In the March issue, I wrote that Moonen was working on building their biggest yacht to date at 133-feet. The owner had owned two smaller Moonens previously and was outfitting his newest with all sort of toys—include a two-person submarine capable of descending 100 feet.
Today is my father's birthday. And he's the reason I'm here ... no, no. Not in the "reason I'm on this Earth" way though it's true in that sense as well. My father is the reason I'm in this job.
He bought our family's first boat - a 21-foot Bayliner bowrider named Why Knot - when I was about a year old. We had that boat for almost two decades before upgrading to a 26-foot Sea Ray named the Sea Hawk.
Former ABBA member Bjorn Ulvaeus (far left) is developing a large, new marina in Sweden. If it’s a success, maybe Florida should ask Barry Gibb to help solve its dock shortage.
Word on the docks is that Tiger Woods is looking to unload his 155-foot Christensen named, ironically, Privacy. The Palm Beach Post has reported that the golfer is searching out a broker for the deal after his ex-wife Elin decided that the reported $2 million dollars of upkeep per year was not worth the price tag and turned ownership of the yacht down.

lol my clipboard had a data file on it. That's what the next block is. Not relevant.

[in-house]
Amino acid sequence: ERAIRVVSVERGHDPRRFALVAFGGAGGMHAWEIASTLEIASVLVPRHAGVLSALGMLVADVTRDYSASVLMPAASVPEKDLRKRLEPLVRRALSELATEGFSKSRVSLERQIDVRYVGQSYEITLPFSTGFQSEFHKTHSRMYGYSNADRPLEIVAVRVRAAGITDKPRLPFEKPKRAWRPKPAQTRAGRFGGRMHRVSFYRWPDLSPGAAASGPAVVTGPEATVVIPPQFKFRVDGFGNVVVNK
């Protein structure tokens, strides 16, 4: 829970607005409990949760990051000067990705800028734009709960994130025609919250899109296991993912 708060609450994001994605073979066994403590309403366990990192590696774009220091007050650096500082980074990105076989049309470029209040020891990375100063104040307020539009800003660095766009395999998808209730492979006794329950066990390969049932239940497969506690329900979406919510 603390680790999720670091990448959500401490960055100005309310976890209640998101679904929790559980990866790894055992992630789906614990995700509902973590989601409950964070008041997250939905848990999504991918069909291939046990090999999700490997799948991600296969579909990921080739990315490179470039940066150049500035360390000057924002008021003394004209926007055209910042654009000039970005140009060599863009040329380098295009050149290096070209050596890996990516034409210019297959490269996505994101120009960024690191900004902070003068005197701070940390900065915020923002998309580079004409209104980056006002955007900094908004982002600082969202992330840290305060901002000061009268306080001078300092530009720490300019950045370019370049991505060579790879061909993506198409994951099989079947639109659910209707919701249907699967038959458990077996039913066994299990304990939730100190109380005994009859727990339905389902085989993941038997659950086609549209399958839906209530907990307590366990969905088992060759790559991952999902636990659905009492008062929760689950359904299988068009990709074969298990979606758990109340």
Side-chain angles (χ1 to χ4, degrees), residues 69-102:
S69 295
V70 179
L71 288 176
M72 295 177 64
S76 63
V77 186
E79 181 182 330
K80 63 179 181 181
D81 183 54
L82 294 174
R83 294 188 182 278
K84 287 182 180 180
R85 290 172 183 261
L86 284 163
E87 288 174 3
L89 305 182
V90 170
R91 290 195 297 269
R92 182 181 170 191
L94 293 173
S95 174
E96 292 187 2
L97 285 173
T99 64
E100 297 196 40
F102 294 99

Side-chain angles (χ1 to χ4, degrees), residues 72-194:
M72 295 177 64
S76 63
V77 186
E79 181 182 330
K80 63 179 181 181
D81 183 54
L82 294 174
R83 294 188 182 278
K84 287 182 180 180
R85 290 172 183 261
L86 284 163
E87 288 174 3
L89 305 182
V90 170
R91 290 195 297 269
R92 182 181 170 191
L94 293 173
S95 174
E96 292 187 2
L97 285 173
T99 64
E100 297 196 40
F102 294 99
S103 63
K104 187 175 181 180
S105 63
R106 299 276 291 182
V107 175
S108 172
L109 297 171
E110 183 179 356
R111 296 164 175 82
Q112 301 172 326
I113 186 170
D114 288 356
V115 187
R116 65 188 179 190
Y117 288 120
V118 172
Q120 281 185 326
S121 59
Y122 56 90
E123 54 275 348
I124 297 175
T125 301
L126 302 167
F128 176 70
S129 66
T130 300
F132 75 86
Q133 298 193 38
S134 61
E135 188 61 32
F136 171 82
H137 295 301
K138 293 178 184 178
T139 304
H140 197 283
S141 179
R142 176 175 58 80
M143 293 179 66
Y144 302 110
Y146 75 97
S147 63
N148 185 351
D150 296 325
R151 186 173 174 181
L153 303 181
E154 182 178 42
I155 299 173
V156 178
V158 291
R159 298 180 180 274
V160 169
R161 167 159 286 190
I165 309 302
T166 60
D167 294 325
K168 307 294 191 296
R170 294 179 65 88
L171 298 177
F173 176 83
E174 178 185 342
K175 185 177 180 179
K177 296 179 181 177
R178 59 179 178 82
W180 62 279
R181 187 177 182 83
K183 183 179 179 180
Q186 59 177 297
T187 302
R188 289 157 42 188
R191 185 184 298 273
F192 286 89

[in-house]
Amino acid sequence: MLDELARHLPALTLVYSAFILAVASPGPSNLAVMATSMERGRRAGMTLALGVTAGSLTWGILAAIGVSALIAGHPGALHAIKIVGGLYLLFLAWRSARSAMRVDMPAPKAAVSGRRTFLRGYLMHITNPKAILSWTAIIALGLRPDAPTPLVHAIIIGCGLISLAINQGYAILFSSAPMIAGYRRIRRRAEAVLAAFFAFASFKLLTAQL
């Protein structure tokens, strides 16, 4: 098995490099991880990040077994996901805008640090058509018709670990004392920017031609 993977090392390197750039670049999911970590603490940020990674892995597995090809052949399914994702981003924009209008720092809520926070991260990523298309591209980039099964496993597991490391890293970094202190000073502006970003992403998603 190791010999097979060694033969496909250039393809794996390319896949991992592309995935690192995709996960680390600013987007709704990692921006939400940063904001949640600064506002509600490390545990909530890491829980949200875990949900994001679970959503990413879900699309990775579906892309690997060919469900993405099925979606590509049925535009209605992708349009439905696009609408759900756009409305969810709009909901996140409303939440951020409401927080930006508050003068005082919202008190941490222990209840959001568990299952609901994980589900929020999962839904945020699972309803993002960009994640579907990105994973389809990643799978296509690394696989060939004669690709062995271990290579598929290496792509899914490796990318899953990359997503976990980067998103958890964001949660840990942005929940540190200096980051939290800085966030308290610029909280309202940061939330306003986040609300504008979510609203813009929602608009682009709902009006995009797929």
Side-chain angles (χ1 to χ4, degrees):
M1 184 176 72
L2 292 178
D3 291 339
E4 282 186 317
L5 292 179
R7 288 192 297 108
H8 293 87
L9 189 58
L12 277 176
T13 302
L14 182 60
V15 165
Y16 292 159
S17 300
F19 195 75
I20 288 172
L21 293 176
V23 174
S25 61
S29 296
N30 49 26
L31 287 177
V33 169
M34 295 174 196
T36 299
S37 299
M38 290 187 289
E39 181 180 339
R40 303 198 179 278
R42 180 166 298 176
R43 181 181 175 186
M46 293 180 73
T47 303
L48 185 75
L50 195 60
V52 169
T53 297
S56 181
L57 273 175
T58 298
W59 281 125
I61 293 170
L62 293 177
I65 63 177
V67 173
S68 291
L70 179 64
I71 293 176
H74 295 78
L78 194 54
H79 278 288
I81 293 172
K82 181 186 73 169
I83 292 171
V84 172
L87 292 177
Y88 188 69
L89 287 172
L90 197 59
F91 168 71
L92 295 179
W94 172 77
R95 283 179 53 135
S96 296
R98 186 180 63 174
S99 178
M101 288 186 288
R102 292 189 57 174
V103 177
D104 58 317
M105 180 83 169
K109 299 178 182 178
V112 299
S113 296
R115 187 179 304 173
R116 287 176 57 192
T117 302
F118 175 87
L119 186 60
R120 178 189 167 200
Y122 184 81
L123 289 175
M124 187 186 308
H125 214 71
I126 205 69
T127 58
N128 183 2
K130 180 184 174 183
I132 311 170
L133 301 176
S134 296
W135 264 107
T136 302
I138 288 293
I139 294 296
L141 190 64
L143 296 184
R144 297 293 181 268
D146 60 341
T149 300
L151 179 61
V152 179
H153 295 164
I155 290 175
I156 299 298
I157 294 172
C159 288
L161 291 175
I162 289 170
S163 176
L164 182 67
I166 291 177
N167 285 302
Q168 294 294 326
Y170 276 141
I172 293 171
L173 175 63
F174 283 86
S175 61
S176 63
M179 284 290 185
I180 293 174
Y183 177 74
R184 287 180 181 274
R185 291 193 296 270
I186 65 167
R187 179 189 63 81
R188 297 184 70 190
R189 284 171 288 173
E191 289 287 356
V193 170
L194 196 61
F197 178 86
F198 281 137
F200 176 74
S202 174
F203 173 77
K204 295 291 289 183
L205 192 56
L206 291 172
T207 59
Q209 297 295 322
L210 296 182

Designing new boats on computers is now so common, it's hardly worth mentioning. But while everyone seems to be doing it, a few boatbuilders have discovered—some the hard way—that CAD is not perfect. Indeed, they're learning that despite the wonders of this new technology, nothing can substitute for actually walking through a full-scale mockup to determine if all the proportions and dimensions really work.
According to a report in Soundings Trade Only this week, gyro stablizer manufacturer Seakeeper will offer to pay the entry fees for one of two major East Coast billfish tournaments this summer to customers who purchase one of its gyros.